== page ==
During the same week, I saw a photo of Charlotte Rampling published in The Guardian, along with a forthright interview.
I was drawn to the frank display of lines and freckles, the deep-set, uncarved eyes (she has always had hooded eyes, used to devastating effect), the strength in the face. Her attitude was a refreshing refutation to the Age of Concealment.
At 68, Rampling continues to resist shots and scalpels, saying, on The Talks "... we’re all vain, we’re all narcissistic, we don’t like to grow old. Who wants to grow old? Who wants to get lines? Who wants to not be young? But we can’t be. We’re going on."
In another interview, she said, "You've got to wait. You've got not to panic, not to be frightened, and not to change your face. You need your face to grow with you..."
She is, however, but one example. I know many women who project such singular character and I'll bet you do, too. I'm not against making efforts to look pretty, but I'm disgusted when told that hiding my age must be my primary goal.
Age-averse books and posts (which seem to multiply by the month), usually use three linked tactics:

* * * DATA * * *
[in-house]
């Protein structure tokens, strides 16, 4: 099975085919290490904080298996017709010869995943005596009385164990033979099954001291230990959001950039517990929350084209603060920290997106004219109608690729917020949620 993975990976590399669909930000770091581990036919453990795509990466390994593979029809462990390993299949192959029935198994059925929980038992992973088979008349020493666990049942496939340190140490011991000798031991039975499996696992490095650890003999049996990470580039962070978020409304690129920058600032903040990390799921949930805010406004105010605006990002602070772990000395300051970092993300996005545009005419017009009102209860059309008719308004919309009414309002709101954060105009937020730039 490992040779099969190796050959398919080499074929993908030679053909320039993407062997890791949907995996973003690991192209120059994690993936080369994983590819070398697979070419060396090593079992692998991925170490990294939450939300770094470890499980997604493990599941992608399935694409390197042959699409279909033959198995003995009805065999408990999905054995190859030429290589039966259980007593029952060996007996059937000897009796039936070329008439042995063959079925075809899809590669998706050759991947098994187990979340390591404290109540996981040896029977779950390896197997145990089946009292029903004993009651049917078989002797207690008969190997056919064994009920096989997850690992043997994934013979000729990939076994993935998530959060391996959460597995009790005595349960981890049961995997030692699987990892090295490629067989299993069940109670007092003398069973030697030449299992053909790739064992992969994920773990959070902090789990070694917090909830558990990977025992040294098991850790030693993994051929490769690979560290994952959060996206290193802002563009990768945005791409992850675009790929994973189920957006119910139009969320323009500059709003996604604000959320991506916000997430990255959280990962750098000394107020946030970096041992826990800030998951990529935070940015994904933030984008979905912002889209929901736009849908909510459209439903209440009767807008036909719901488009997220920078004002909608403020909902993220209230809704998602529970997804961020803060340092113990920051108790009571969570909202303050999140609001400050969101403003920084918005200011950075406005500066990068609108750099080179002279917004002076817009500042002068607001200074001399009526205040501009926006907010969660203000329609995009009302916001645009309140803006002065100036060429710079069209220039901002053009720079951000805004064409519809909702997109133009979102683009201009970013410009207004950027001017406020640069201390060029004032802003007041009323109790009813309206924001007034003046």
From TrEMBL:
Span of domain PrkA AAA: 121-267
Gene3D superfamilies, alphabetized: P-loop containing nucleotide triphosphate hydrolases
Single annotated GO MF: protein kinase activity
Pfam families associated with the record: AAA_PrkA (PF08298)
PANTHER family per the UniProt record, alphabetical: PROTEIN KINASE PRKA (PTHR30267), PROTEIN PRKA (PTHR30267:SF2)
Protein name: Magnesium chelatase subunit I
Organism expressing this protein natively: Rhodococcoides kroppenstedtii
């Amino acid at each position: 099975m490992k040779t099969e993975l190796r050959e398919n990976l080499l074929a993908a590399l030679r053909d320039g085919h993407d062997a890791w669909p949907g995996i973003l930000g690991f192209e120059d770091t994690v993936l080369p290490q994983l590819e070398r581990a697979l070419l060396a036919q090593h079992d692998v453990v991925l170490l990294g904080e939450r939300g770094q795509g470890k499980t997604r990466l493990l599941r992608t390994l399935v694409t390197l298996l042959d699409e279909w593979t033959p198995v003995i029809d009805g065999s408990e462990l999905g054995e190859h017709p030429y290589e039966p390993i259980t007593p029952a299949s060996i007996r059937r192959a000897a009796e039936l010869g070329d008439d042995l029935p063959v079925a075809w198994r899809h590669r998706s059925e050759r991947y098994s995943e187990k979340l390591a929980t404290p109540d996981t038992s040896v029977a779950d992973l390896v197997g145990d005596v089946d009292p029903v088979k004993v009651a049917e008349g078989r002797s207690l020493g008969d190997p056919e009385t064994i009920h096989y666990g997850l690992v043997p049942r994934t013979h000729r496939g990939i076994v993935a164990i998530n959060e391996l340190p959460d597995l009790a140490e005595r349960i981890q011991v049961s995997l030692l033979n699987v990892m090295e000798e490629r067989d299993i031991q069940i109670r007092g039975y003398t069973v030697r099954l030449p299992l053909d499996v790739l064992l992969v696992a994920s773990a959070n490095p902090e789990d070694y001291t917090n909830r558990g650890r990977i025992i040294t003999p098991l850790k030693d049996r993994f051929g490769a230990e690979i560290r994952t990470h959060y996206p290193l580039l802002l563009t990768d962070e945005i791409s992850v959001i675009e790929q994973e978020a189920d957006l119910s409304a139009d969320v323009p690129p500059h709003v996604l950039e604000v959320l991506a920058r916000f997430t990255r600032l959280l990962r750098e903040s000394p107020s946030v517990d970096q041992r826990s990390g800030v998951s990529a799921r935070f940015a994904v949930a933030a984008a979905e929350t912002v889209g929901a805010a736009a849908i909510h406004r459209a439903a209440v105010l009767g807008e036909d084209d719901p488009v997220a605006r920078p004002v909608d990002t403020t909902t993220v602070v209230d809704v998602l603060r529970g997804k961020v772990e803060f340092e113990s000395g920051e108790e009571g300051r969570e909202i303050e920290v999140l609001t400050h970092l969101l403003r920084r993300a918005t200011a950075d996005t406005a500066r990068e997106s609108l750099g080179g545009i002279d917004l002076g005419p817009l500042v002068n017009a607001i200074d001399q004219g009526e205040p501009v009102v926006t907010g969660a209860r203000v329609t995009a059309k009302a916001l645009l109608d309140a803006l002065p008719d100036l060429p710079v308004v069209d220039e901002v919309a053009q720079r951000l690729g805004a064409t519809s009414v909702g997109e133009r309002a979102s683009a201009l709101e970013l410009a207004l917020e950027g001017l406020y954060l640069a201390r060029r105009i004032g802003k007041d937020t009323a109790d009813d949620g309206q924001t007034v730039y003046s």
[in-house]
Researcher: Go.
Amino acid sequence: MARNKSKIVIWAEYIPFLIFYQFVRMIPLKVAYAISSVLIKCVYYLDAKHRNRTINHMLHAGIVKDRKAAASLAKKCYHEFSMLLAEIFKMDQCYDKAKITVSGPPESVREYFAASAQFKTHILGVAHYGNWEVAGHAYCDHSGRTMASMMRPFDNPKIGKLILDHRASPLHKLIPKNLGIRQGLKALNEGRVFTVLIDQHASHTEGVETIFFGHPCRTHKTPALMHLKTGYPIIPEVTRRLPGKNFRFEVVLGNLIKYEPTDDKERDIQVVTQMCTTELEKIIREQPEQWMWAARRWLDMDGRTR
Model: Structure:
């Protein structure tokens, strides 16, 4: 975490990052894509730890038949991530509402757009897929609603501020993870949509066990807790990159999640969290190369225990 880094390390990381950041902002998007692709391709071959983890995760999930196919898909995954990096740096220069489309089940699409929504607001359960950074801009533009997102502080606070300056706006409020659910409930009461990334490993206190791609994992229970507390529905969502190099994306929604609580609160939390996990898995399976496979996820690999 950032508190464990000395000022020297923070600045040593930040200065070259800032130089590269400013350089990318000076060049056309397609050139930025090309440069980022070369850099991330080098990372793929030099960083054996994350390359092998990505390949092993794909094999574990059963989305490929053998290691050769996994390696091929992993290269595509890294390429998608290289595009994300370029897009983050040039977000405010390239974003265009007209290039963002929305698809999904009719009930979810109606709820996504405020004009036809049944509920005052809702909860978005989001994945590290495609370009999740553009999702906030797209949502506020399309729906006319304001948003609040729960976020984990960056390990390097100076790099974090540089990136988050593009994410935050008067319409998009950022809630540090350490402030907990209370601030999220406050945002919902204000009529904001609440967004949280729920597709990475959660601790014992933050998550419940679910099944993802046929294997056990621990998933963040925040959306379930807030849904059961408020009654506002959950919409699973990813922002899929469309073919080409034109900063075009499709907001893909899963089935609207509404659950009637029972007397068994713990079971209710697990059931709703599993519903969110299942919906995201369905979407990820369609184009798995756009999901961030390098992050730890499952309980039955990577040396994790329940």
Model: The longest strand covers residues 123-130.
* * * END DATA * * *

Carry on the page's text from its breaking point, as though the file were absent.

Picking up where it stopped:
1. Ratchet the realization of physical changes into full-blown fear.
You will, they insist, not look your best, but if you tend every inch of yourself, disguising time's effects, you can then feel confident. Is confidence really conferred by a cream?
A woman is celebrated for looking "years younger than..." (whatever age she is). We need self-esteem of steel to resist this cultural meme. If we bite, we're hooked, and easy pickings for the next two tactics.
2. Present high maintenance as a just war. It's no longer enough to look after health and grooming, now we must be Sun Tzu in an LBD, arming ourselves with "weapons" specifically for aging and enlisting experts in "the fight". (Military metaphors abound; words like combat, defy, vanquish, and defend are favourites.)
Clothes must be neither too young nor too old, unless they are classics, which are fine except when they are too classic, and therefore aging. (The charge that a given item "ages you": kiss of death.)
3. Endorse pursuit of a futile quest. Consume an ever-changing array of products and procedures. Spend as much as you can, or more. Try anything tenders or friends recommend. (The saddest refrain in one book was "I think I see a difference.") The cycle: Buy, Enjoy Brief Respite, Feel Vulnerable, Repeat.
I truly care about my 3 Ms: mind, mobility, and mojo*. The rest is icing on a cake that isn't so fresh anymore, but so what?
*Operational definition:"Girls hit your hallelujah!"
Uptown Funk, flute of rosé bubbly, a spritz of favourite fragrance—a gift from Le Duc—and lots of hugs: so far I'm in the Charlotte Camp, and thank her for such succor.